Les Miserables has been one of the most epic musical plays ever
created and has won millions of fans over. Director Tom Hooper brings the tale
to the big screen with nothing less than some of the finest actors in the movie
industry. Using a unique sound and feel to the musical, this remake of Victor
Hugo’s classical tale accentuates the vocals unlike so many others. Loaded with
an incredible cast of actors, this version of Les Miserables will move
you in ways you never thought a movie could.
1. Vocals - Unlike many other musicals, the singing for this incredible
movie is done live. Meaning it’s not from a track that the actors essentially
lip-sync. This creates a greater impact to those watching the movie as the cast
seamlessly move into a song. The result is a movie that holds the viewers
2. Jean Valjean - Hugh Jackman’s portrayal of Jean Valjean demonstrates
his range of acting as he makes the part his own. His impressive command of the
lyrics during his singing raises the bar for Mr. Jackman versus roles he has
played in the past. Les Miserables could easily become one of the most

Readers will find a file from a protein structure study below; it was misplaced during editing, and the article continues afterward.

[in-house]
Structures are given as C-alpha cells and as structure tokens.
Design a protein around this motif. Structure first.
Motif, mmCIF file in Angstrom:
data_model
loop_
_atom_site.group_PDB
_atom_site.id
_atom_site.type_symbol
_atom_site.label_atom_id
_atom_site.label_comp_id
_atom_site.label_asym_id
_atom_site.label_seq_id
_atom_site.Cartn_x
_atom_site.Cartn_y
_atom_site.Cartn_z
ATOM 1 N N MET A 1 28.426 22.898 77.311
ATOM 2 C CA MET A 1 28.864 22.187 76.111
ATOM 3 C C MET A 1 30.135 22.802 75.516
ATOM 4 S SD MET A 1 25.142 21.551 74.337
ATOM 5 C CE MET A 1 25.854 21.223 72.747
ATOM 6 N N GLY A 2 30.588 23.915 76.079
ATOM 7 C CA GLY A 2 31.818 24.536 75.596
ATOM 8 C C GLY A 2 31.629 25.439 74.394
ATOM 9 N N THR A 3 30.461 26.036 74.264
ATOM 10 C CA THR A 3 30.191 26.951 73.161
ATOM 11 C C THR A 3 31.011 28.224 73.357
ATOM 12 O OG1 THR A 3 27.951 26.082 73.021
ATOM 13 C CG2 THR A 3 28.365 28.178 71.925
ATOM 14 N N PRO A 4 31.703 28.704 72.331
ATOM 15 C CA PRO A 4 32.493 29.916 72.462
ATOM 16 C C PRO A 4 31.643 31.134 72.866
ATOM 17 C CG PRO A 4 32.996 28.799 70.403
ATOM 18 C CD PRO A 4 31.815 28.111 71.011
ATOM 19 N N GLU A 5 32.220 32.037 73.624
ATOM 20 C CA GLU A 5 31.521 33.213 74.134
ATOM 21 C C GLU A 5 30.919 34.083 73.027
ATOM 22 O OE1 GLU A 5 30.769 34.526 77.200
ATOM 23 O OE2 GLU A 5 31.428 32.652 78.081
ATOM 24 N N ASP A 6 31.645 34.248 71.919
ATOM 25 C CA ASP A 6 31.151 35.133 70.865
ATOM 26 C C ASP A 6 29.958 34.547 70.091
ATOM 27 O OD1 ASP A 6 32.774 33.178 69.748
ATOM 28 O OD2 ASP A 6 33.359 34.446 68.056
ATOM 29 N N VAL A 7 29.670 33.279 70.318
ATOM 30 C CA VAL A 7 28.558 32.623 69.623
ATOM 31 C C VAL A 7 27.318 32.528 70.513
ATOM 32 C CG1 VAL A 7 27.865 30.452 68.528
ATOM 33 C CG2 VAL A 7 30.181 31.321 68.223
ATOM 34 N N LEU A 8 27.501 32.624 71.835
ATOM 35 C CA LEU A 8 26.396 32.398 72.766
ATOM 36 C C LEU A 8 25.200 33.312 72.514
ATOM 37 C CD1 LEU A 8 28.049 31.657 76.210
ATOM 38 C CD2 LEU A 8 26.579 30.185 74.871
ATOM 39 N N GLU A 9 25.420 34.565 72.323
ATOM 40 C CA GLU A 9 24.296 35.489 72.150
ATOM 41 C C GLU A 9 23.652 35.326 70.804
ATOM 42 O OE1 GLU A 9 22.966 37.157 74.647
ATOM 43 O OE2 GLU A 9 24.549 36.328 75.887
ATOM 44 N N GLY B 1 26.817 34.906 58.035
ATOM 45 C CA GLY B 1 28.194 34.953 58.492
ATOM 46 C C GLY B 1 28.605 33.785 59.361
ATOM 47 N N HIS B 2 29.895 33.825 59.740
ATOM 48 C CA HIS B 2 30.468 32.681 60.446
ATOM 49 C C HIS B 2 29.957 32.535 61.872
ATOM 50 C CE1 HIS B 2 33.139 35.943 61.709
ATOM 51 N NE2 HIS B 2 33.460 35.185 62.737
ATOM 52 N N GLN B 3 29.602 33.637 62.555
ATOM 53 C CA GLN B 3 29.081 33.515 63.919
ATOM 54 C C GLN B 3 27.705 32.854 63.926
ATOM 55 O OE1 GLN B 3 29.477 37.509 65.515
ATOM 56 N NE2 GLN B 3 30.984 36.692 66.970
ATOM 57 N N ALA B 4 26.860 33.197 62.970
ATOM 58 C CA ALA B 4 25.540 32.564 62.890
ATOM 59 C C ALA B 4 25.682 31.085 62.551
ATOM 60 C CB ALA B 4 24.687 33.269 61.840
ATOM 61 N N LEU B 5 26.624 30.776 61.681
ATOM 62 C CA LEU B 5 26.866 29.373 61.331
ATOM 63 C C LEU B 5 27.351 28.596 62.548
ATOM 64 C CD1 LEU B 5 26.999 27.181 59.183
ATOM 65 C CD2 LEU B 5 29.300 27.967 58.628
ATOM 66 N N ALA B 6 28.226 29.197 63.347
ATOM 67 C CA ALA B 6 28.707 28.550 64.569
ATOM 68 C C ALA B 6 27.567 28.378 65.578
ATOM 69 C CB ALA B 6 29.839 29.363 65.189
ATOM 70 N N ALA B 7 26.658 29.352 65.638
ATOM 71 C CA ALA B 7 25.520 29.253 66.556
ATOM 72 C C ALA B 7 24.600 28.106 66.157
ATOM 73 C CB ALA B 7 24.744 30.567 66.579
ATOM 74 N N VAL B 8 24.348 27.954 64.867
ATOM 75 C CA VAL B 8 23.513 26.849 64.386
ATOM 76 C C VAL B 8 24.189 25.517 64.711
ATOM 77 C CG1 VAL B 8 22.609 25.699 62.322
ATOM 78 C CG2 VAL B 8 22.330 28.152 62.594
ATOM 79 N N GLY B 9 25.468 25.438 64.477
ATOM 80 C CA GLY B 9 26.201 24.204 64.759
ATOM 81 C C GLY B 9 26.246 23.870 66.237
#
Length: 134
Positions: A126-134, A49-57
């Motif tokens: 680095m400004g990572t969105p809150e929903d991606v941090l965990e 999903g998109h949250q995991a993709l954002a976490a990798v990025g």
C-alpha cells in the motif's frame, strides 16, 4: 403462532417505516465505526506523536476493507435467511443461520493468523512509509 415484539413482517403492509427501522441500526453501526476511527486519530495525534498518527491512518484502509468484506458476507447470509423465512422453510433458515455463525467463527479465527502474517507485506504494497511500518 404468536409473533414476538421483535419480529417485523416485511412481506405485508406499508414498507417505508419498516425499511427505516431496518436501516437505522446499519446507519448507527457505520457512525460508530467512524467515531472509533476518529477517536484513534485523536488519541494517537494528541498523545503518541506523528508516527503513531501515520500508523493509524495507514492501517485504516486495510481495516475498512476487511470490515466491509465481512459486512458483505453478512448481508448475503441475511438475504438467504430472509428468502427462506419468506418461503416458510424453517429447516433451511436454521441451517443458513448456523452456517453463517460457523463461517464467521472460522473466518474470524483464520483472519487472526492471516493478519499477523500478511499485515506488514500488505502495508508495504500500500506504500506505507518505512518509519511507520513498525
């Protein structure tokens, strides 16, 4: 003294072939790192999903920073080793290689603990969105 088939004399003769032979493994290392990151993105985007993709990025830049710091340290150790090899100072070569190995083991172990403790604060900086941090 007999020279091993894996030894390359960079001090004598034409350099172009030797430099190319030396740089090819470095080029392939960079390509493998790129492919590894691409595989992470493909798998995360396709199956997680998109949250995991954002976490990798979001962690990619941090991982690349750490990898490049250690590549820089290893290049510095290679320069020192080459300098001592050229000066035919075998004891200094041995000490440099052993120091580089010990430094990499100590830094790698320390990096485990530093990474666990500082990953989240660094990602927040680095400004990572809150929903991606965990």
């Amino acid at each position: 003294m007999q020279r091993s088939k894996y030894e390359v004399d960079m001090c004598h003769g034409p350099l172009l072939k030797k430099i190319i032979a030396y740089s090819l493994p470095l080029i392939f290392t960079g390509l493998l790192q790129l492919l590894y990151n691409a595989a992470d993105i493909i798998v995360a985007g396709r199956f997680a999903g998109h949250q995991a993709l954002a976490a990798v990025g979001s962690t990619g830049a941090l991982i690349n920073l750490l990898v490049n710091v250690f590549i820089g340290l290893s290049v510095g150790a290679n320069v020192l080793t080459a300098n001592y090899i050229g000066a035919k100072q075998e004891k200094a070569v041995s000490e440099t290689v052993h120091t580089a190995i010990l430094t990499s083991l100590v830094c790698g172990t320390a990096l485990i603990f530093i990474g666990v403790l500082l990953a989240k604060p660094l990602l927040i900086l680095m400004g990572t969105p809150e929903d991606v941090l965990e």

memorable moments of his career for those who are fans of his work.
3. Javert - It’s quite common to see Russell Crowe in the role of an
authoritative figure whether he is a good guy or the vendetta carrying officer
in Les Miserables. Mr. Crowe’s vocals in this entrancing movie are
impressive to say the least. Completely different from any performance this fine
actor has been involved in, few could play the part of Javert as Russell Crowe
4. Fantine – Many will remember Anne Hathaway from her "Princes Diaries"
movies as well as a slew of other richly emotional projects. Her portrayal of
Fantine makes for an impressive performance as her range of vocals can win any
heart over. She has a great deal of talent and is an excellent supporting
Since 1913, Les Miserables has been made into movies, television
mini-series, and has been performed at the theater for nearly a century. It is
an epic tale that is sure to put anyone through an emotional roller coaster. Tom
Hooper’s vision of this classic tale brings romance, intrigue, and action.
This epic tale is set prior to the June Rebellion which takes place in Paris in
1832 involving student societies who launched an anti-monarchist stand in
France. It is a story of hard times throughout the lives of these poor souls